Rather than search for non-existant truths, we shouold be sensitive to differences and the perspectives of marginalised groups, excercise the art of judgement in the absence of rules.
Do you buy it? Make no mistake, buying into postmodernism does not come cheap.
‘The Work’ is what it was called. Some people called it ‘The Third Way.’ What I am referring to is the system or teaching as passed down by George Ivanovich Gurdjieff, that strange Russian mystic teacher. I was a member of the London group which was led by the Gloucesters’. I don’t remember their first names.
This was an Esoteric School, not, by any means, a cult. I think there were a number of other groups in London but I have no knowledge of them except that sometimes when I joined a ‘movement’ class, there were lots of people there that I had never seen before.
The Gloucesters had been members of a group led by Maurice Nicoll, a famous psychologist whom I believe spent time with Gurdjieff. Most of the meetings I attended were in the very early mornings at the Gloucesters very exclusive and impressive penthouse apartment across from Hyde Park, in London.
This all came about as a result of a friendship I had with a young violinist who was a member of the Royal Philharmonic Orchestra. Due to my uncharacteristic insistence, he introduced me to Mrs. Gloucester , however this was not any kind of proselytizing on his part, but rather a strange kind of favor. After an initial conversation with Mrs. G she invited me to join her group, but I was instructed to not discuss anything about the group with any one else. Also, I was never asked for any money nor did I ever pay any money for any of the different meetings and activities I attended over a period of only a few years.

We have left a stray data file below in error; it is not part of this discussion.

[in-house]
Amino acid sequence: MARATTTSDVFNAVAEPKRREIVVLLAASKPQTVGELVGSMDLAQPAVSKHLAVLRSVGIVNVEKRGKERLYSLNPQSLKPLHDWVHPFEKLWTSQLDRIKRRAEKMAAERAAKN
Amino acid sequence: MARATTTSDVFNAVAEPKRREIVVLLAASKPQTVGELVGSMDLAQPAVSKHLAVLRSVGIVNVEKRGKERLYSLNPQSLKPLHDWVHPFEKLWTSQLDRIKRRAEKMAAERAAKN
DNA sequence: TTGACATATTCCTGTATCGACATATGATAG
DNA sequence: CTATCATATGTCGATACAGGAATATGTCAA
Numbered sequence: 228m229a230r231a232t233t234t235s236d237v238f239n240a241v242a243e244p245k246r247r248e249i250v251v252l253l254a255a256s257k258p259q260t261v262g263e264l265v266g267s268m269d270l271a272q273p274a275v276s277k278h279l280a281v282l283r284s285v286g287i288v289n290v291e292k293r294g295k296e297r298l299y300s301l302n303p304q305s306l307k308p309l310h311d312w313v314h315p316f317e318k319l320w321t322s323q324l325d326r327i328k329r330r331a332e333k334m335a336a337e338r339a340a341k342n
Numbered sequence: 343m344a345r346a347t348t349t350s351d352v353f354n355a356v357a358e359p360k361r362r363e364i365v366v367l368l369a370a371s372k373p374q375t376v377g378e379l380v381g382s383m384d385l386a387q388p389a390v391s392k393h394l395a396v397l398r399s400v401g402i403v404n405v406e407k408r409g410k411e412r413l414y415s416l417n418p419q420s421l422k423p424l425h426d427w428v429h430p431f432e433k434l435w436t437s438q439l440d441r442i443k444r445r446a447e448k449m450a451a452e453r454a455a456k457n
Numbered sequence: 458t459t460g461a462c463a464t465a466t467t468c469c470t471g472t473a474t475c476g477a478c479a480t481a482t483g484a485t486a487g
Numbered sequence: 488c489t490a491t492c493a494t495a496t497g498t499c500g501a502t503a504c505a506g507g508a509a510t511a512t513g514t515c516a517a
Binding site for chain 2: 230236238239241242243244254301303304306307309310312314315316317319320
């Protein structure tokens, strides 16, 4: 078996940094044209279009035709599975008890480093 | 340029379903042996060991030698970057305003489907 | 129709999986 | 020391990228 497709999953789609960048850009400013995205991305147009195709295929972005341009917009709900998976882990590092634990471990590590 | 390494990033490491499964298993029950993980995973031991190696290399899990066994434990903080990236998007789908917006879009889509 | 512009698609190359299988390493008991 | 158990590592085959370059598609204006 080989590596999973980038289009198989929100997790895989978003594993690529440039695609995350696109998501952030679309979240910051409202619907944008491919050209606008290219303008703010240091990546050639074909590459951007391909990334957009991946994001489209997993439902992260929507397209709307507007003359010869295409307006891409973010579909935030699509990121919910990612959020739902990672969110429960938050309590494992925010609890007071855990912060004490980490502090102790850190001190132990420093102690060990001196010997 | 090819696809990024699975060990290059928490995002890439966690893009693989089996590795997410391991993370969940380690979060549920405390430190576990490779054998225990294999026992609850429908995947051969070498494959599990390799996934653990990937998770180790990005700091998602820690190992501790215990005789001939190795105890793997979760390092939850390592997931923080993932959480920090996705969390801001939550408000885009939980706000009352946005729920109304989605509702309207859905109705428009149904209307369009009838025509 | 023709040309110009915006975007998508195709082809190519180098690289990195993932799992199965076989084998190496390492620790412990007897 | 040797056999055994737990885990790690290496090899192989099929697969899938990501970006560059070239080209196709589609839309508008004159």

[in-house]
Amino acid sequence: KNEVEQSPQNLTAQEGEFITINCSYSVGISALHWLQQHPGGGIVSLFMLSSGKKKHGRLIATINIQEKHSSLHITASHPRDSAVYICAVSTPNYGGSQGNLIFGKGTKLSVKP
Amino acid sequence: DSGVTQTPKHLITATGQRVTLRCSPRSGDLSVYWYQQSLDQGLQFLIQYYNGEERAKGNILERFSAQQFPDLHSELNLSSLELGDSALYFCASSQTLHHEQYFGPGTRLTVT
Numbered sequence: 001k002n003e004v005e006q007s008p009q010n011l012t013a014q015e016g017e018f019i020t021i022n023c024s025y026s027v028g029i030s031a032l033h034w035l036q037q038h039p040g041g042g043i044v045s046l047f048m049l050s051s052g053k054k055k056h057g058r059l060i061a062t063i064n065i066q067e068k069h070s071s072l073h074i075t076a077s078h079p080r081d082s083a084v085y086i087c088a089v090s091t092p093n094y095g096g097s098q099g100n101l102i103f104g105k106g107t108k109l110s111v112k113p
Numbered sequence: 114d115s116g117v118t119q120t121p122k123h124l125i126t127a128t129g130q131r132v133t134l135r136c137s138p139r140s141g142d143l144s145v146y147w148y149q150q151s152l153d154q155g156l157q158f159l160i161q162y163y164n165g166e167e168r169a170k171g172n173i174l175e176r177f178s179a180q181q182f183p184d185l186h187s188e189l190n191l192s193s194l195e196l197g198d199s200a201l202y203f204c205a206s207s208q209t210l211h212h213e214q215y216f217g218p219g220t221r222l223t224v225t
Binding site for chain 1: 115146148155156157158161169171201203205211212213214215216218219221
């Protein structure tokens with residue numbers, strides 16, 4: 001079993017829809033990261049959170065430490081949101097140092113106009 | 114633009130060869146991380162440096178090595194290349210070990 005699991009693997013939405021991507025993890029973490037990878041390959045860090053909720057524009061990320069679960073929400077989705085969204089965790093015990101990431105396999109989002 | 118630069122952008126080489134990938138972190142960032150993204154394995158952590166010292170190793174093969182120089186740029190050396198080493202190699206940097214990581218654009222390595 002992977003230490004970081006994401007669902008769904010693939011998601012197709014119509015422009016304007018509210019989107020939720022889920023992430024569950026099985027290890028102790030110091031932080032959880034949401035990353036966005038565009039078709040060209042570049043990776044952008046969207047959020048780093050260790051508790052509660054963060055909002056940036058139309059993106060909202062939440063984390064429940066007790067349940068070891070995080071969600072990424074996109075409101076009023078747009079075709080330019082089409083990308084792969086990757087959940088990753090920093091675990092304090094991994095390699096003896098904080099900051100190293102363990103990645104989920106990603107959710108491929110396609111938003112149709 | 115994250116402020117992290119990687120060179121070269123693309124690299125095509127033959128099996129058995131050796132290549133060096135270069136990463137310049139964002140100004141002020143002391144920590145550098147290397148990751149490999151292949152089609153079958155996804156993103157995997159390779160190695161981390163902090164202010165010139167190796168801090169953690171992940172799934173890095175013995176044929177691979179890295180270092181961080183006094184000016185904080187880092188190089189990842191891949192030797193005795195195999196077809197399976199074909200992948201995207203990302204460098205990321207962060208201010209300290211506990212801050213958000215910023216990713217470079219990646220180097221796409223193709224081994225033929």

Some of the early morning sessions were about developing ‘attention’ through a special meditation practice. During and sometimes afterwards, I experienced a strange ‘super memory’ that I have not had since. Some meetings involved discussions about ‘attention’ tasks we were asked to secretly practice during the week and others were group readings of Gurdjieff’s main work; Beezelbub’s Tales to His Grandson . Anyone familiar with this book knows that he wrote in an unusual way and had a habit of making up new words loaded with special meanings. Ouspensky’s main book In Search of the Miraculous, was also discussed in some of these meetings.
The Gloucesters also owned a large beautiful estate in the countryside. Sometimes, on a weekend, the group I was in would go there to practice ‘attention’ while performing certain manual activities.
As mentioned above, the ‘movement’ classes were another activity I participated in.
These were practiced in a large group, arranged in rows, beginners like myself, at the back. The music was very unusual and was played on a piano for the class. These movements were very complex, so a ‘normal’ approach of trying hard to remember what to do and what came next was never very successful. Instead, one needed a mental state of heightened ‘attention’ and a kind of letting go/trust to make progress on these movements.
These were interesting times for me and I met some very remarkable people. One of them was Norelle Hardie, a Scottish artist who had been in The Work for many years. As it happens, one thing led to another and we decided to open a violin shop. As luck would have it, she had a couple old friends who assisted us with providing capital and business expertise. A building was acquired right on Portobello Road with a great shop front and two flats above. I lived in one and she lived in the other.
In those days I was a violin maker at the firm of Ealing Strings which was owned by Malcolm Sadler and three partners. The firm had a big workshop and I managed to convince one of my colleagues there Adam Whone to become a partner with us. Later Martin Godliman formally of W.E. Hill and Sons, and then Paul Ayers also joined us as a partner.
Later, I decided to leave The Work with out any dramas, and I became a Nichirin Shoshu Buddhist, along with Norelle and Adam, but that was all many years ago now…….